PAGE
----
December 11 2017
A registered dietitian offers her best tips for runners considering the meatless diet route.
The incidence of obesity in the general population in the United States is steadily rising—but fewer and fewer adults are attempting to moderate their weight. It seems as if a significant segment of our population has given up on dieting. Yet, how can we blame people for not persisting in a repeated pattern of failure? Typical diets that only concentrate on portion control or a limited food palette consistently fail and the reason is that these measures don’t address the entire story.
New research has revealed a number of surprises about weight control. The greatest of these has been the realization that on a biological basis, we are not the single creature that we assume. Instead, our bodies are a combination of our own innate cells and a vast number microbial inhabitants. And these microbes are not just passive hangers-on. Our microbes form essential aspects of our gut, respiratory system, and skin and outnumber our own personal cells by a factor of 10 to 1.
Research has revealed that our microbes make a significant contribution to our responses to food and feeling full that directly influence obesity. For example, there are differences between the microbiomes of lean and obese individuals. Overweight adults and children tend to show a decrease in microbial diversity compared to leaner individuals.
Certain foods can influence this crucial gut microbial composition and some supplements, called prebiotics and probiotics, can do likewise.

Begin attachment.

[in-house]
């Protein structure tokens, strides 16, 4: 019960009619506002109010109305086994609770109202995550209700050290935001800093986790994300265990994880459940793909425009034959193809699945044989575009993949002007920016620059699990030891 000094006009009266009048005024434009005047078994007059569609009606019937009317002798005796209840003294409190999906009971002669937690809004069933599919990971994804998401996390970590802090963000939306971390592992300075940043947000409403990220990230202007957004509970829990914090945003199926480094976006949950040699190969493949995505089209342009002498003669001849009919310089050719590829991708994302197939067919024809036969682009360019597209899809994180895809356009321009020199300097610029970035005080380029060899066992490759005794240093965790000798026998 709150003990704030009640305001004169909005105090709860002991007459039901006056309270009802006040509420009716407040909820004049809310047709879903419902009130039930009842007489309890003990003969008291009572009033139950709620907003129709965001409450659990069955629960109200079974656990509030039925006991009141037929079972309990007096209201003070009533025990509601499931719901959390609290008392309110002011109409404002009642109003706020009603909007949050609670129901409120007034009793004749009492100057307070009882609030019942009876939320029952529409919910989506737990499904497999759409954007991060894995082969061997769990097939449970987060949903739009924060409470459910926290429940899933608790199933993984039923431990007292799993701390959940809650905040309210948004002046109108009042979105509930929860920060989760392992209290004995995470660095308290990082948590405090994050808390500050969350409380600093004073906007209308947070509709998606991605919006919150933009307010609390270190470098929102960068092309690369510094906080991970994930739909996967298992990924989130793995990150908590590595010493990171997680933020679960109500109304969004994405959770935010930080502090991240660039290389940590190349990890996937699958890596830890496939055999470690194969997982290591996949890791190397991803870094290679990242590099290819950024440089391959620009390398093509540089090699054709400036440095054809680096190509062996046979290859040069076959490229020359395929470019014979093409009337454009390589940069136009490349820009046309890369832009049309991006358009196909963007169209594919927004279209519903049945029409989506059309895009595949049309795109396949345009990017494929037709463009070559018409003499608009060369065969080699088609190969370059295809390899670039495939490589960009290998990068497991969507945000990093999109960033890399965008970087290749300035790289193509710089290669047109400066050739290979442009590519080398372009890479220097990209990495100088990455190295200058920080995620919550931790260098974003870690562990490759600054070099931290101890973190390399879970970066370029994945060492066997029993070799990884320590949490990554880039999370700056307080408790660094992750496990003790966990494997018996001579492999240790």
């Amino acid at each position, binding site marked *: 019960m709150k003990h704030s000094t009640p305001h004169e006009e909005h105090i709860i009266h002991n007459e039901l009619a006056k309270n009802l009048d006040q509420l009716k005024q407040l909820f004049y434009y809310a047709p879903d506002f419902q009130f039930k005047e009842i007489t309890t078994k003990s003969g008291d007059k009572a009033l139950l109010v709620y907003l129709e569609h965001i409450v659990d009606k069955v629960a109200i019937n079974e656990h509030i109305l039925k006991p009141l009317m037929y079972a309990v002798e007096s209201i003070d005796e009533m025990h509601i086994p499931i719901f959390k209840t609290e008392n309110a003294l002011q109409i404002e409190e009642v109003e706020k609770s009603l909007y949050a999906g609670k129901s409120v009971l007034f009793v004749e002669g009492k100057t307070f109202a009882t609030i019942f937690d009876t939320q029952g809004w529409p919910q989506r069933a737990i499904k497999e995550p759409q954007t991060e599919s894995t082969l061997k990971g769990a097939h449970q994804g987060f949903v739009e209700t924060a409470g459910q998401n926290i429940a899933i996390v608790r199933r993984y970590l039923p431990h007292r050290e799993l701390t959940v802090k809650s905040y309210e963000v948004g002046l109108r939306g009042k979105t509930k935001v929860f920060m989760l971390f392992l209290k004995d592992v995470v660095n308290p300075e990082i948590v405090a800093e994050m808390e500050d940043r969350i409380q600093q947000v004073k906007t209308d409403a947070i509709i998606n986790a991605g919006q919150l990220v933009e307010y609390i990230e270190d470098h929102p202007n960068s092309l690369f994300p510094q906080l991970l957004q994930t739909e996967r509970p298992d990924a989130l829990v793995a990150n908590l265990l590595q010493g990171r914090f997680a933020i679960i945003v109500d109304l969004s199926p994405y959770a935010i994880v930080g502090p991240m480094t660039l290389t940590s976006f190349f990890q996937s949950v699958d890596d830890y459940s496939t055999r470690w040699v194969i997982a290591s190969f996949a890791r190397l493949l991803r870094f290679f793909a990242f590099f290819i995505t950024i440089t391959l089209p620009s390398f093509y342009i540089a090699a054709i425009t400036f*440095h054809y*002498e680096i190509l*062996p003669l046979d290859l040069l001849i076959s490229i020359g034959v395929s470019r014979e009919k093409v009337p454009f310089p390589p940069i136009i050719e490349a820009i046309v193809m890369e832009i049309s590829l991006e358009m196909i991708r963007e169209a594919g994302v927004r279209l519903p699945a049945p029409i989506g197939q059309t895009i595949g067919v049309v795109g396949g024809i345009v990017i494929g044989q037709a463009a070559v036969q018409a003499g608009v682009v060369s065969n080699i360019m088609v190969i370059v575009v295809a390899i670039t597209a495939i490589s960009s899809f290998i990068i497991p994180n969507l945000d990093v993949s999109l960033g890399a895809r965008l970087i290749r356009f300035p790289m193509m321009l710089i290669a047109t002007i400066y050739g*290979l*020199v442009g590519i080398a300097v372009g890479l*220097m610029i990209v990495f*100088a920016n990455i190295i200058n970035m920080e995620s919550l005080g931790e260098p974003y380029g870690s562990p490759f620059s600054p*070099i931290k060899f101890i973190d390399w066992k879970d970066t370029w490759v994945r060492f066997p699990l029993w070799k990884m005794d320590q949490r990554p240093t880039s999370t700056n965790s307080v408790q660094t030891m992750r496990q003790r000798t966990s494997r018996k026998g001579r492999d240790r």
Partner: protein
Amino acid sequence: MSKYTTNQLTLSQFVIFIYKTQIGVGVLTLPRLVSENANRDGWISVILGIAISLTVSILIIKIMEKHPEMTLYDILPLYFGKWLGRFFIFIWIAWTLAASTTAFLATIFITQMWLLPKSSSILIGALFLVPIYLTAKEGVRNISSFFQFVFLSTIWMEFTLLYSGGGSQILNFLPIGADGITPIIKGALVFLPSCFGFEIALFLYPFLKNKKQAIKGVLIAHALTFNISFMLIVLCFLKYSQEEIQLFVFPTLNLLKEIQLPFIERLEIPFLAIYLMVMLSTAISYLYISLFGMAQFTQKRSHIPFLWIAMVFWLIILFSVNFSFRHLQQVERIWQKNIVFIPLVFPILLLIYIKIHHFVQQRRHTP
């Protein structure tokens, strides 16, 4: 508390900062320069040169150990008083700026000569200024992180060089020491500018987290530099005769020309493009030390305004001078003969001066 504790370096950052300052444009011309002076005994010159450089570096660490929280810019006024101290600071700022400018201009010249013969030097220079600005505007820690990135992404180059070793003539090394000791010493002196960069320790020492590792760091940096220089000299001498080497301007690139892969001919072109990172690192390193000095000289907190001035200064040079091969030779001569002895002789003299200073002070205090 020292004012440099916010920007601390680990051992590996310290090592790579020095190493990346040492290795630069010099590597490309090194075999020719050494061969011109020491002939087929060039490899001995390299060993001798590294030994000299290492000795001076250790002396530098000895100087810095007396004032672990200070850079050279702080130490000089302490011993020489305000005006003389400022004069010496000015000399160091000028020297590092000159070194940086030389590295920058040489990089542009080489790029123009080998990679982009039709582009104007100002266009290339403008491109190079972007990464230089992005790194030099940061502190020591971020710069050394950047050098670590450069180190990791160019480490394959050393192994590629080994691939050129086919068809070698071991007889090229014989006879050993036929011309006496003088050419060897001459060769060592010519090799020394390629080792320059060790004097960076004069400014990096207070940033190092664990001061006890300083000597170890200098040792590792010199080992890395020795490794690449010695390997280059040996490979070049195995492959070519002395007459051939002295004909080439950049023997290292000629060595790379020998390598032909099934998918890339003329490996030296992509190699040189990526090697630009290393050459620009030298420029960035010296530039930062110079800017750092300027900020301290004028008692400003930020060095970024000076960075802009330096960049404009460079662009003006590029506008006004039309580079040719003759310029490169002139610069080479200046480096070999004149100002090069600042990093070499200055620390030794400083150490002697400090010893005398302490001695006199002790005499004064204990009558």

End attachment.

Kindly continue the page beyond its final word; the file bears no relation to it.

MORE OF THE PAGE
Prebiotics are typically non-digestible fibers, such as oligofructose or inulin, that beneficial microbes can utilize for their metabolism. Examples of prebiotic foods, which contain these fibers, include:
Probiotics are those foods that directly add some useful strains of bacteria that are elements of a healthy gut microbiome. These include:
Both prebiotic and probiotic foods can guide the gut microbiome towards a pattern that is the most healthful for that individual. Prebiotic and probiotic foods and some supplements have been specifically demonstrated to positively affect weight management.
With information and the vast range of alternatives that are emerging, what is the best thing to do, right now, for general good health and to assist in practical weight management? Adjust your diet, as much as you can to include the best sources of prebiotic and probiotic fiber and consider adding an effective prebiotic or probiotic supplement.
Dr. Bill Miller has been a physician in academic and private practice for over 30 years. He is the author of The Microcosm Within: Evolution and Extinction in the Hologenome. He currently serves as a scientific advisor to Prebiotin. For more information, visit themicrocosmwithin.com.